Carina (02:32) So with the going through this whole process from preclinical to clinical, have we had clients that have gone through that whole process with us?
    Russell (02:50) Yeah, typically it does make it easier when we have sponsors we've been working with in the preclinical setting because we all just understand the relationship and we already understand what that drug is aiming to do and the assays we're aiming to work up so it does make the transition to the clinic a bit easier.
    Carina (03:07) Can you tell us a little bit more about the validation process?
    Russell (03:10) Sure. So in advance of a clinical trial, really it's helpful if the client is speaking to us a number of months in advance of the patient recruitment actually starting. We need to make sure we ring fence sufficient reagents of a particular batch to see us through the trial. We need to validate what happens within our four walls. So how does that batch of reagents perform, how do our analysts perform and how does our machines perform so we can control what happens within our four walls of our laboratory.
    Russell (03:41) We also need to think upstream before the sample even comes to us. So when it's taken from the patient, what anticoagulant is used, is there any shipping, is there any storage and what's the delay likely to be depending on the geographical footprint of the clinical center relative to the laboratory. So we need to kind of think through the whole process. So then we'll do a fit for purpose validation, which is really dictated by the intended purpose of the data, which is typically to inform the sponsor's decision making process for an exploratory PD biomarker rather than being a formal regulatory requirement.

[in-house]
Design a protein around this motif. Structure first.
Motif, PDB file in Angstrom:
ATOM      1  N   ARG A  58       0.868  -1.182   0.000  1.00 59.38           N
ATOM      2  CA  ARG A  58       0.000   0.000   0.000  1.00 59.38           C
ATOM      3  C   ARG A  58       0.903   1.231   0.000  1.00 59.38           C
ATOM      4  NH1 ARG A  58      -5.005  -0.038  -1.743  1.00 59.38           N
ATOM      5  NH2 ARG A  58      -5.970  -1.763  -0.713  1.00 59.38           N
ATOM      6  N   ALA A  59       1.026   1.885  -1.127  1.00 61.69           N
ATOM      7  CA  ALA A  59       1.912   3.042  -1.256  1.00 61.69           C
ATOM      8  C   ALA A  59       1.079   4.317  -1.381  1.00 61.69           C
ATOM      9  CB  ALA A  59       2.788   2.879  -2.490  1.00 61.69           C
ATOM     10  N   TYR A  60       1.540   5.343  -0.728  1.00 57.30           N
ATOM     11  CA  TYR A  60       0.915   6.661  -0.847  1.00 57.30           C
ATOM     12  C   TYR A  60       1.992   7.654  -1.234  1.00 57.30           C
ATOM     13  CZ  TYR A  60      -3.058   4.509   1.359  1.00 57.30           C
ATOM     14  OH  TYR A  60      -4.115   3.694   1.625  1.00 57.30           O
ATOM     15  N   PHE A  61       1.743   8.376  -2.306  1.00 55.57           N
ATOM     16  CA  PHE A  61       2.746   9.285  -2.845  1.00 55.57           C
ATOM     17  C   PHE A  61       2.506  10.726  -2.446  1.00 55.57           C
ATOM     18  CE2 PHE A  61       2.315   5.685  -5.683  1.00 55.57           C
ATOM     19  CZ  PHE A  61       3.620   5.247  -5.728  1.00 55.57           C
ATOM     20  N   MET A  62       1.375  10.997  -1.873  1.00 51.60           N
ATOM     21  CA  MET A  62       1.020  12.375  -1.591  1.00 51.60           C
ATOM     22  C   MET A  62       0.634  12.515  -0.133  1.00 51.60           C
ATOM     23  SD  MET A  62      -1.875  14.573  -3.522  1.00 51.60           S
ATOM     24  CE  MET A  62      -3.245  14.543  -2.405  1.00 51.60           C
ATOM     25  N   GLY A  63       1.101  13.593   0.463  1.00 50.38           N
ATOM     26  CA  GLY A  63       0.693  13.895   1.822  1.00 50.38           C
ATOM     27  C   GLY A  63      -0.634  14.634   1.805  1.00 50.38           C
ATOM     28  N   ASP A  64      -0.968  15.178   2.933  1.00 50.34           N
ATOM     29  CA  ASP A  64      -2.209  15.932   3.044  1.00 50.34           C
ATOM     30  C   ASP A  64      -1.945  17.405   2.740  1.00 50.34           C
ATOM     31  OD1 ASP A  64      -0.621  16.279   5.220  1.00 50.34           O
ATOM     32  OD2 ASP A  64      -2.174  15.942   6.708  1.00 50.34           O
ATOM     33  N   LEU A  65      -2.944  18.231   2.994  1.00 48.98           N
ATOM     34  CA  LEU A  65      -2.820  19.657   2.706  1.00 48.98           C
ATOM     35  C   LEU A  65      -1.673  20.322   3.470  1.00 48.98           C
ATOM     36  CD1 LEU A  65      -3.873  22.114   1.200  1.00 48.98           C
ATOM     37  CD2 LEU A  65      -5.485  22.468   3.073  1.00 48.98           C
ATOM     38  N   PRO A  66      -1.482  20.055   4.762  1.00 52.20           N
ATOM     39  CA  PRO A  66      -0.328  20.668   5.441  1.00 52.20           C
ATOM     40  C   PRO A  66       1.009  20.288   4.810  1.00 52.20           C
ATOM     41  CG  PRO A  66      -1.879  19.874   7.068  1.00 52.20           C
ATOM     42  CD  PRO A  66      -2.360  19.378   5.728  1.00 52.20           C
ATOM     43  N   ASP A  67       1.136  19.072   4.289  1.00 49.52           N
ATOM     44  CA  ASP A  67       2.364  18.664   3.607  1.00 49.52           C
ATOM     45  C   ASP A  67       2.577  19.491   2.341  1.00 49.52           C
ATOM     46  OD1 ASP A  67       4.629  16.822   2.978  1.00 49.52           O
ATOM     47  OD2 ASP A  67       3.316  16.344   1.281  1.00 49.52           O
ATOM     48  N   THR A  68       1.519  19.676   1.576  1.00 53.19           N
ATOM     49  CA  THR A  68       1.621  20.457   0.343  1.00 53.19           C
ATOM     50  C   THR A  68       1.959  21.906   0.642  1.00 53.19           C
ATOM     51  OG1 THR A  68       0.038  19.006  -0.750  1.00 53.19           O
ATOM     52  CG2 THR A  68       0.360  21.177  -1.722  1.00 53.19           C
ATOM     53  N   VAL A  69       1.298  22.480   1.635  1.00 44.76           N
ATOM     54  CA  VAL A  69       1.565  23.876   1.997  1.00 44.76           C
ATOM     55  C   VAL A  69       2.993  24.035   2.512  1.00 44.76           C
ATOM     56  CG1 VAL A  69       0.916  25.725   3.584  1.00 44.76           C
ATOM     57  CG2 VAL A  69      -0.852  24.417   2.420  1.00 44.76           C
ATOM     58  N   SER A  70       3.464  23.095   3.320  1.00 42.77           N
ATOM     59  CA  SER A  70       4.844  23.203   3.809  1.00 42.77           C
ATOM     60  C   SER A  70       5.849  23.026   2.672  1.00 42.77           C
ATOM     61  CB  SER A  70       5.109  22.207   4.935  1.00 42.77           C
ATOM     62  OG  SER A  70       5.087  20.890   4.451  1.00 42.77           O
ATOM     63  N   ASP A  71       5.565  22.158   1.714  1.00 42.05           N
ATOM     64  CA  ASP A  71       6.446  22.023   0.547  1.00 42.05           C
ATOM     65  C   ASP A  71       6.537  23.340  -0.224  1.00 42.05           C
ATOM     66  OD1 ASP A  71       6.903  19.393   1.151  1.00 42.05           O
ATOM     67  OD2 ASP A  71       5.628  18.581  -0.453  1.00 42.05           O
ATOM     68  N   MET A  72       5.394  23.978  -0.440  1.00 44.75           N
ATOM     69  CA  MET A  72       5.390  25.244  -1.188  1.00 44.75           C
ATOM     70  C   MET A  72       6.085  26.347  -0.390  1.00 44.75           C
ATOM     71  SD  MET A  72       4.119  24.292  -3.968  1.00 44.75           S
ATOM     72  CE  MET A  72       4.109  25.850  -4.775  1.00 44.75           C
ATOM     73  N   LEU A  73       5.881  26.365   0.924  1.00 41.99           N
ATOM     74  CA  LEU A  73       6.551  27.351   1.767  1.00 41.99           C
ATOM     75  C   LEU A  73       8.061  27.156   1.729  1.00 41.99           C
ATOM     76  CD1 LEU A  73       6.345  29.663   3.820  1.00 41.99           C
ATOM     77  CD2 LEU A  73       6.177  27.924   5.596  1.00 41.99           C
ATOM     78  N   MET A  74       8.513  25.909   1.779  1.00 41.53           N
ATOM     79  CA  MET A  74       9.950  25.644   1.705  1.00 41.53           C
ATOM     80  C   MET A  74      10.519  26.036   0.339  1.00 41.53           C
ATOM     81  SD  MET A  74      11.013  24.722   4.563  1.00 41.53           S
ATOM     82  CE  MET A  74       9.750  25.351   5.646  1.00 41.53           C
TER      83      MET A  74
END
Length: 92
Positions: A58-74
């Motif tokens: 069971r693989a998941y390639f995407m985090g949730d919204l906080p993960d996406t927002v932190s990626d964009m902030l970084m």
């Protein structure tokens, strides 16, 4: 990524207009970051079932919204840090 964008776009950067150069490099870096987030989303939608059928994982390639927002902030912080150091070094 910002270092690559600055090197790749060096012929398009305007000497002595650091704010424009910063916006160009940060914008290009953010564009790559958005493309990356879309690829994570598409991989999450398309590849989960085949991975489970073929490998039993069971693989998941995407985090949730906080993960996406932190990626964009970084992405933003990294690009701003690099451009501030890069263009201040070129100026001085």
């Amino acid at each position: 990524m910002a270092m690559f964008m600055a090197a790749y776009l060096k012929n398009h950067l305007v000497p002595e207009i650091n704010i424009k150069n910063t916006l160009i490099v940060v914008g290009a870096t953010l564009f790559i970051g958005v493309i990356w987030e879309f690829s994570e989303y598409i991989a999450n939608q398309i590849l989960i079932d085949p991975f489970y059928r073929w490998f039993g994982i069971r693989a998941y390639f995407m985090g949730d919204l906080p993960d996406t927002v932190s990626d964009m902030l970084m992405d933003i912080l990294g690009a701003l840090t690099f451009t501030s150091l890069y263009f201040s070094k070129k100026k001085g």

Carina (04:13) Can you tell us a little bit more about the types of samples that people would be asking us?
    Russell (04:18) Sure. The majority of samples we would use would be blood samples from some clinical trial subjects. Some assays lend themselves well to a whole blood assay where some will require peripheral blood mononuclear cell or PBMC isolation. Indeed, some of the sponsors, they just want us to prepare PBMCs freeze them and store them and then ship them to a third party for analysis, in which case that's fine. Again, we've got a geographical footprint close to a number of clinical locations, so we can help with those kinds of assays.
    Russell (04:47) Alternatively, we've got the expertise to run a number of assays ourselves, so typically it won't be a direct ex vivo measurement, although we can measure multiplex cytokines in serum and plasma for example. But as I mentioned, in the absence of any ex vivo stimulation, the backgrounds are typically quite low. So when we're looking to measure a modulated immune response, there will often be an ex vivo activation period. So whether it's a whole blood assay or a PBMC assay, we can use either a polyclonal stimulus such as anti-CD 3 and anti-CD 28 or staphylococcus enterotoxin in B and after an ex vivo activation period we can use multicolor flow cytometry, to analyze those T-cell subsets to work out how many of them are activated. So do they express activation markers such as CD 25 and CD 69 or is there intracellular cytokine production? For example, we can measure interim gamma by Il-10 to Il-17 in response to a particular angiogenic stimulus.
    Carina (05:49) You mentioned multi flow, flow cytometry as one of the platforms you use to isolate. What other types of platforms can we use?